Entries in Tony Leung (10)
Dancin' Dan here with my take on one of my most anticipated films of the year.
It's often easy to forget that the martial arts indeed are art, despite the fact that the word is right there in their given name. Practioners of kung fu, or karate, or judo hone their craft just as intensely (if not more so) as any painter, dancer, musician, actor, or filmmaker practices theirs. And to watch martial artists perform (that is, to fight) is quite often just as much of an awe-inspiring spectacle as it is to, say, watch Cate Blanchett navigate the course of Jasmine's unraveling. Wong Kar-Wai's The Grandmaster, far more than any martial arts movie in recent memory, understands this.
One might expect no less from a film directed by Kar-Wai, cinema's premiere sensualist. And on this point, at least, he doesn't disappoint. [more...]
The Awl has a good piece on the metaphorical zombies and in blockbuster cinema
My New Plaid Pants a delightfully unexpected list: 5 tertiary characters from Paul Thomas Anderson movies deserve their own spin-off. I totally forgot about Brad the Bartender with Braces in Magnolia!
Atlantic prompted by all the "legacy" talk of TV after James Gandolfini (RIP) & The Sopranos... "where is the female Tony Soprano?"
HitFix David Chases' full eulogy for James Gandolfini
Coming Soon Sir Ian McKellen has wrapped filming The Hobbit trilogy, never to return to Gandalf the Grey (or White)
In Contention's wondering about Foxcatcher in Sony's Oscar Hopeful slate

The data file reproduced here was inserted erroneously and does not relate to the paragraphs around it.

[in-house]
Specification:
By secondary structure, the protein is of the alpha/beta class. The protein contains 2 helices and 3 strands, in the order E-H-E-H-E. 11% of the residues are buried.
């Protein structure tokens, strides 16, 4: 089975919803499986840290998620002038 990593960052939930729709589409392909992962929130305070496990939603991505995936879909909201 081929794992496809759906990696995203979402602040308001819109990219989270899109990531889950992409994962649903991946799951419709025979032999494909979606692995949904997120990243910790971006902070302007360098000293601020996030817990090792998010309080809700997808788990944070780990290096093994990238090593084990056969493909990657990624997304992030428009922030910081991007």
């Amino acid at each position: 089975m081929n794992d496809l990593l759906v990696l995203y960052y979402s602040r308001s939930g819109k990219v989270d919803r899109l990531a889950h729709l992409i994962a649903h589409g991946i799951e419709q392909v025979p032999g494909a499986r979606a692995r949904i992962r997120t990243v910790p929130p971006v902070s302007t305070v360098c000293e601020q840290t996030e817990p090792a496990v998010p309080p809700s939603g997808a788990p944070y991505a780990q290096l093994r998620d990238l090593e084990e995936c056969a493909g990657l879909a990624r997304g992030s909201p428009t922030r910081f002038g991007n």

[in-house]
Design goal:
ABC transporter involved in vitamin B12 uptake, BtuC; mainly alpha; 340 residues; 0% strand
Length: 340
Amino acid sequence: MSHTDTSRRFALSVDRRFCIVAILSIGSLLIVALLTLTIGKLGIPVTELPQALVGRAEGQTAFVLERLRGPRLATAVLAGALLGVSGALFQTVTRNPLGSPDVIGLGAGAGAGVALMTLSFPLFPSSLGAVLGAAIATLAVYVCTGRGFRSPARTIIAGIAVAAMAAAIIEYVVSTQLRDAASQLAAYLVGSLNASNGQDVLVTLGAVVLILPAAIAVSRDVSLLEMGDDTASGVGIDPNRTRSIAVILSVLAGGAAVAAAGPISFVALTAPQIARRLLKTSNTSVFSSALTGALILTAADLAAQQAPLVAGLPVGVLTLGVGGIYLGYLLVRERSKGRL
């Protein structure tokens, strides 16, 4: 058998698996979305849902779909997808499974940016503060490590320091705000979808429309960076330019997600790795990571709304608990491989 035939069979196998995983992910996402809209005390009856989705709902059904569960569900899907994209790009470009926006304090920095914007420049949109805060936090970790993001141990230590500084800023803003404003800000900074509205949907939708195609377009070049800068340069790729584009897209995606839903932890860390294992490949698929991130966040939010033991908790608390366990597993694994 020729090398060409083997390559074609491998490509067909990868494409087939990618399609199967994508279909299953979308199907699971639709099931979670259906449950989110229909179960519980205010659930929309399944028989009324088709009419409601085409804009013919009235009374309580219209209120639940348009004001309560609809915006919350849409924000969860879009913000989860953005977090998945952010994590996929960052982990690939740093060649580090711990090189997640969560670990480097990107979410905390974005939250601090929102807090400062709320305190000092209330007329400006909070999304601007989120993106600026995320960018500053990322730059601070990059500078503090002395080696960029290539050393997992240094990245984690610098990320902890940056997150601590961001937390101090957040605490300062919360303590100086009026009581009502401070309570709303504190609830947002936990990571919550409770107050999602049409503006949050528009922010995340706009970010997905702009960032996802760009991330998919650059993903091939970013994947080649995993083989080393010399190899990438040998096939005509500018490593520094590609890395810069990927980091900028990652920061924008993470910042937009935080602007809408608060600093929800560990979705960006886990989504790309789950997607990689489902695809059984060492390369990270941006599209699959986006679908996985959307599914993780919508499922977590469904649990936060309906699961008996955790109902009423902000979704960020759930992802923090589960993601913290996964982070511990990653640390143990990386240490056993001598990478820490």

Hollywood Vin Diesel meeting with Marvel Studios. Hmmm, I can't really see him as any of the characters mentioned beyond Thanos
Exploding Actresses on Tumblr. You will cry. Or laugh. Possibly both depending on the movie.
Antagony & Ecstasy has a well thought through piece on Joss Whedon's tossed-off Much Ado About Nothing
Filmmaker IQ's John Hess on Aspect Ratio in cinema. 18 minutes long but well produced and worth it, if your understanding of Aspect Ratio is, like mine, limited to Almost Squares vs Various Shaped Rectangles and trivia knowledge of gimmicks like "Cinerama." Watch it, it's Edumucational!
Filmsploitation Check out this wonderful photo and quote from cinematographer Christopher Doyle about set photography and the making of Wong Kar Wai's Happy Together (1997) which I had just been thinking of for no apparent reason (since I used a different photo for The Film Experience on Facebook... a page you should obviously "like", duh)
And while we're on the subject... Happy (belated) birthday to Tony Leung Chiu Wai (Lust Caution, In the Mood for Love, Hero), our favorite Asian movie star who celebrated his 51st yesterday. His wife Carina Lau posted this picture of him eating cake.
You missed the thumb Tony. Let me get that for you...